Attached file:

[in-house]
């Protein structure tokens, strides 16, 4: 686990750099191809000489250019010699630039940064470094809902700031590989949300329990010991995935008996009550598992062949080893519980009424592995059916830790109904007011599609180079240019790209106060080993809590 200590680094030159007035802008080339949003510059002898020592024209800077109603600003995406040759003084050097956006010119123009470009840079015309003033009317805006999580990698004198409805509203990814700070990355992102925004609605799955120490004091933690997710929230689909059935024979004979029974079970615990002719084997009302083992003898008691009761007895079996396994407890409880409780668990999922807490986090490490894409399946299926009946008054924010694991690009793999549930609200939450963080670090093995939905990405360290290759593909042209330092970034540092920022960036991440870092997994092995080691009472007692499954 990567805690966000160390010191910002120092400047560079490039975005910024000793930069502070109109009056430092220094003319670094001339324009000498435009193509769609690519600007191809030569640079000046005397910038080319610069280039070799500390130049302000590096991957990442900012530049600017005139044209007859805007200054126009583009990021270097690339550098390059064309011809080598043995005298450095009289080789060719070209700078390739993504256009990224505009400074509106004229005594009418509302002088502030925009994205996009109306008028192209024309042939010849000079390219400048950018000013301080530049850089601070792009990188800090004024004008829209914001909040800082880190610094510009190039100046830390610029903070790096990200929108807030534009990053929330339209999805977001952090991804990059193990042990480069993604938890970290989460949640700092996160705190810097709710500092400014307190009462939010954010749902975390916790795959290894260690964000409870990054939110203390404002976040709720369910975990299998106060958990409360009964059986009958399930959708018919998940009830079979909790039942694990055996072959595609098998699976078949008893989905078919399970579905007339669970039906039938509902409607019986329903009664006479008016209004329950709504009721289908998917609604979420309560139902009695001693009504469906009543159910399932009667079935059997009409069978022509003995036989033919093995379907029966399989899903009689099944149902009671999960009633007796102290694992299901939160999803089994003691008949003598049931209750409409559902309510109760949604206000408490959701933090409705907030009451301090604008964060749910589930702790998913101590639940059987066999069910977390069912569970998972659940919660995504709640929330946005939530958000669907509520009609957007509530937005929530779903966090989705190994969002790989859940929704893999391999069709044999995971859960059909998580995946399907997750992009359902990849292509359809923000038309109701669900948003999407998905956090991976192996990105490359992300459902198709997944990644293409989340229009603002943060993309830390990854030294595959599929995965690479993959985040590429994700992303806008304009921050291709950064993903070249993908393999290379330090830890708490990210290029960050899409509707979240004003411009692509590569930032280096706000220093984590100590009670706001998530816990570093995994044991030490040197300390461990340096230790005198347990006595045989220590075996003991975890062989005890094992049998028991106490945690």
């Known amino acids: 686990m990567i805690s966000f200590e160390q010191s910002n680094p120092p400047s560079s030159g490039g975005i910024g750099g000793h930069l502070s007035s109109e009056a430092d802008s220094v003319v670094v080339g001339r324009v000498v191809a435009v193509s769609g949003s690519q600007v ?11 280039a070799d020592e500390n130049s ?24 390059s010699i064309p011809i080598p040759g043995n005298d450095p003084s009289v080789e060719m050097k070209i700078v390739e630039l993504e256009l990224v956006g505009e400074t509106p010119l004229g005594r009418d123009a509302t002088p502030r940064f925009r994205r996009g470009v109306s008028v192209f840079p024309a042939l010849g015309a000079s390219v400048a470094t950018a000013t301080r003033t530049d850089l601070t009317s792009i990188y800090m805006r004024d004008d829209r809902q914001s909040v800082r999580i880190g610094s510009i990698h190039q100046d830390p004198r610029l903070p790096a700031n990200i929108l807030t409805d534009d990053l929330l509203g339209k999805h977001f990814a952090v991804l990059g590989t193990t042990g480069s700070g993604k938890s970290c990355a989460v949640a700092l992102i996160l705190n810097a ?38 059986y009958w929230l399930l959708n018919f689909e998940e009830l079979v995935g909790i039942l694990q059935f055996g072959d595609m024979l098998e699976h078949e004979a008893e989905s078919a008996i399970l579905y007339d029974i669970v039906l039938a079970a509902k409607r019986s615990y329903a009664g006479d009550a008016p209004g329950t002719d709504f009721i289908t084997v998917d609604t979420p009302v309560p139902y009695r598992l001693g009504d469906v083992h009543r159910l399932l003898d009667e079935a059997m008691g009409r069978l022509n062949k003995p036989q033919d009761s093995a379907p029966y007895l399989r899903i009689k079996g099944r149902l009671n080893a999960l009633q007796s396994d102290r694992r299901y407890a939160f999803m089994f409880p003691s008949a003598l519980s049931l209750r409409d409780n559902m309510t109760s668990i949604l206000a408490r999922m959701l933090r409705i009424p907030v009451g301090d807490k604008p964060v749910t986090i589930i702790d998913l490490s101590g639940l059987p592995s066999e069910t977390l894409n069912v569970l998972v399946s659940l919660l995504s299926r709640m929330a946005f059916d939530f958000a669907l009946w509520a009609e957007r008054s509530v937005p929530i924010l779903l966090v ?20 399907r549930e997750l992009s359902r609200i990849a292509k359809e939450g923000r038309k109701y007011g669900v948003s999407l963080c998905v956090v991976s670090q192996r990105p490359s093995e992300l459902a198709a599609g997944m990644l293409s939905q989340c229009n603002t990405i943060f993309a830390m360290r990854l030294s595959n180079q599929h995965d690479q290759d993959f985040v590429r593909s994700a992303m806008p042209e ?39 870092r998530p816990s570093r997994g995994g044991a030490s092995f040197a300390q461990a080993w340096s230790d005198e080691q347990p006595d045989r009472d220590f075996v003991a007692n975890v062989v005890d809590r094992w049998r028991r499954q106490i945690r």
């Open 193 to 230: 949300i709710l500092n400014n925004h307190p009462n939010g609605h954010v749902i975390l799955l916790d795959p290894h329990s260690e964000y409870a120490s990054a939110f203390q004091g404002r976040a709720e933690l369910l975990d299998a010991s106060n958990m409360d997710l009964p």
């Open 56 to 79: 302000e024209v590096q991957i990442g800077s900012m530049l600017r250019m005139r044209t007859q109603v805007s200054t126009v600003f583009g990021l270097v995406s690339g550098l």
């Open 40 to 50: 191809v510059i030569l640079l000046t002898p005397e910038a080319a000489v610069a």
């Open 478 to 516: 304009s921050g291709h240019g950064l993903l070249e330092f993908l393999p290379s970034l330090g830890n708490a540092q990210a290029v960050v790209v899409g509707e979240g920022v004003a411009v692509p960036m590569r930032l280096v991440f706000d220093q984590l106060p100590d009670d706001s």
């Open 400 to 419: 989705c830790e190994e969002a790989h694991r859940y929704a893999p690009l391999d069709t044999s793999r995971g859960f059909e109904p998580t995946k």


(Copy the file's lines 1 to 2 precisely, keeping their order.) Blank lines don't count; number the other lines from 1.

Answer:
[in-house]
């Protein structure tokens, strides 16, 4: 686990750099191809000489250019010699630039940064470094809902700031590989949300329990010991995935008996009550598992062949080893519980009424592995059916830790109904007011599609180079240019790209106060080993809590 200590680094030159007035802008080339949003510059002898020592024209800077109603600003995406040759003084050097956006010119123009470009840079015309003033009317805006999580990698004198409805509203990814700070990355992102925004609605799955120490004091933690997710929230689909059935024979004979029974079970615990002719084997009302083992003898008691009761007895079996396994407890409880409780668990999922807490986090490490894409399946299926009946008054924010694991690009793999549930609200939450963080670090093995939905990405360290290759593909042209330092970034540092920022960036991440870092997994092995080691009472007692499954 990567805690966000160390010191910002120092400047560079490039975005910024000793930069502070109109009056430092220094003319670094001339324009000498435009193509769609690519600007191809030569640079000046005397910038080319610069280039070799500390130049302000590096991957990442900012530049600017005139044209007859805007200054126009583009990021270097690339550098390059064309011809080598043995005298450095009289080789060719070209700078390739993504256009990224505009400074509106004229005594009418509302002088502030925009994205996009109306008028192209024309042939010849000079390219400048950018000013301080530049850089601070792009990188800090004024004008829209914001909040800082880190610094510009190039100046830390610029903070790096990200929108807030534009990053929330339209999805977001952090991804990059193990042990480069993604938890970290989460949640700092996160705190810097709710500092400014307190009462939010954010749902975390916790795959290894260690964000409870990054939110203390404002976040709720369910975990299998106060958990409360009964059986009958399930959708018919998940009830079979909790039942694990055996072959595609098998699976078949008893989905078919399970579905007339669970039906039938509902409607019986329903009664006479008016209004329950709504009721289908998917609604979420309560139902009695001693009504469906009543159910399932009667079935059997009409069978022509003995036989033919093995379907029966399989899903009689099944149902009671999960009633007796102290694992299901939160999803089994003691008949003598049931209750409409559902309510109760949604206000408490959701933090409705907030009451301090604008964060749910589930702790998913101590639940059987066999069910977390069912569970998972659940919660995504709640929330946005939530958000669907509520009609957007509530937005929530779903966090989705190994969002790989859940929704893999391999069709044999995971859960059909998580995946399907997750992009359902990849292509359809923000038309109701669900948003999407998905956090991976192996990105490359992300459902198709997944990644293409989340229009603002943060993309830390990854030294595959599929995965690479993959985040590429994700992303806008304009921050291709950064993903070249993908393999290379330090830890708490990210290029960050899409509707979240004003411009692509590569930032280096706000220093984590100590009670706001998530816990570093995994044991030490040197300390461990340096230790005198347990006595045989220590075996003991975890062989005890094992049998028991106490945690």